So it can actually give me the perspectives that I had not considered and the angles that I had not considered with additional storylines that I had not considered. One of the things that I ask everyone when they try AIs, run your content and ask the question. First of all, reverse engineering.

Say, what are the themes in this story? So write a story, whatever story, and say, ask AI, chat chibit, what are the themes? You’re going to get immediately a list of themes of what this AI is reading about your story.

And half of it, you probably didn’t intend. You’re like, oh, that’s the theme, okay. And so it really reads it back as reverse engineering, the abstract of what you meant in the story, and it enables you to really make it compelling and even more empathetic toward your audience.

You kept mentioning that you taught it, like you taught the AI. So I’d like to know what you’re feeding it. And on a more practical sense, like the framework, are you telling it to say, I use this framework, and then I’ll output some questions like what is the main character?

And then you input more information. Because I found that if you put garbage in, you get garbage out. So the more you give it, the better the results are gonna be.

So you have to set those parameters. So I’m curious to the parameters that you use and also what you’ve trained the model on or the GPT on.

So I’ll use ChatGPT because this is an open source and most people can use it. Right now I’m also using Bing Chat, but a lot of people don’t have access to that yet. And it’s a lot more involved and there’s a lot more technology behind it, which is even cooler.

But in ChatGPT, because everybody can access and most people can access it right now. The first thing I’ve done is I have kept the chat by itself going. So new chat, new chat, new chat.

And the reason I’ve done that is because I’ve asked the same question at different times about the same content to see what it gives me and to see its evolution. So I want to keep track of that, by the way. So keep track of your chat.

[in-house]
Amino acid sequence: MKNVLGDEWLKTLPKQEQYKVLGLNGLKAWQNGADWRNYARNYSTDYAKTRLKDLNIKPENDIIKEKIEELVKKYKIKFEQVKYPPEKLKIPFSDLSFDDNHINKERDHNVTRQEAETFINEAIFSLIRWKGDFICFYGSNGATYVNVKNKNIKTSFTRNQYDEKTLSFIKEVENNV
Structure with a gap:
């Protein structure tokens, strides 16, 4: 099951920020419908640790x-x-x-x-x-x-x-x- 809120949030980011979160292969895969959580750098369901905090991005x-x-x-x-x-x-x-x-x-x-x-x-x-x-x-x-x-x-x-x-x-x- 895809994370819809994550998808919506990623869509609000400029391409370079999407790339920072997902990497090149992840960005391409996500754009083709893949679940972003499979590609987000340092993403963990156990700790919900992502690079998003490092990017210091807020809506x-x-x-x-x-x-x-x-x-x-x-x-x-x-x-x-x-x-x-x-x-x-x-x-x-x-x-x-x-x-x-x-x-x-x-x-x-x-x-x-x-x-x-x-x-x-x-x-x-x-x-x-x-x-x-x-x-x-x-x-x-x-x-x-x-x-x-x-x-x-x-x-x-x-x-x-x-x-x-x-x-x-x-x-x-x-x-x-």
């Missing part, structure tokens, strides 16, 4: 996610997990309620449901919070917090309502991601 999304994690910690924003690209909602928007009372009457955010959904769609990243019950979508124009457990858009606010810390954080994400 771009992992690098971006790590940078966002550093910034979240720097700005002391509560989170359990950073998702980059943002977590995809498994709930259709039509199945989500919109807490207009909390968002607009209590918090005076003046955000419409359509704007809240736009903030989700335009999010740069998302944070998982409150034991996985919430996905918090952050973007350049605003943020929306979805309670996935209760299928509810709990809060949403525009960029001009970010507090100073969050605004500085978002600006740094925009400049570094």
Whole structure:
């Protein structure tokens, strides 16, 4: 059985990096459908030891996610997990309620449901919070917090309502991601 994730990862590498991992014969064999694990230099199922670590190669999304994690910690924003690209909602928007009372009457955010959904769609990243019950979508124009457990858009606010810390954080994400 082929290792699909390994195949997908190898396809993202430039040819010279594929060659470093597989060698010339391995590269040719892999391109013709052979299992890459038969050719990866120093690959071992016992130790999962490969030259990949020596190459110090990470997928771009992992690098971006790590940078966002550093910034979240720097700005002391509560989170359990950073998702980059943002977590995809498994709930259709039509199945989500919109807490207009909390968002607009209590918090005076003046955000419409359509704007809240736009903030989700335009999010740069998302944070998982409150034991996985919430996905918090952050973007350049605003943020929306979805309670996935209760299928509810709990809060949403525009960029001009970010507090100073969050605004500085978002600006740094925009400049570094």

Don’t delete it or don’t run one long chat. Just start asking. Every time you chat with it, create a new chat is what I’m saying.

I’ve taught it who I am, right? This is what I do. This is my LinkedIn profile.

This is who’s feeding you. This is who you’re talking to, right? It gets to know me.

Hey, Miri. Nice to meet you. I actually gave it a name.

Its name is Remy, which is Miri backwards. Now we’re friends. Now I’ve told it how, when, basically, my voice.

Here’s my tone, here’s my voice, and I typically will create, I’ll start with whatever content. I’m like, hey, turn this paragraph into a story with this character. I give it a context.

It’s going to give me about 80 percent of a story that is not mine. It’s going to give me whatever it’s going to give me. Then I take it and I give it the different angles.

It’s not for me to write it, but I want to see how it’s thinking. I said, for example, okay, turn the story, simplify it for a five-year-old. Make it more compelling for a CIO or a CEO level, a CIO in Brazil.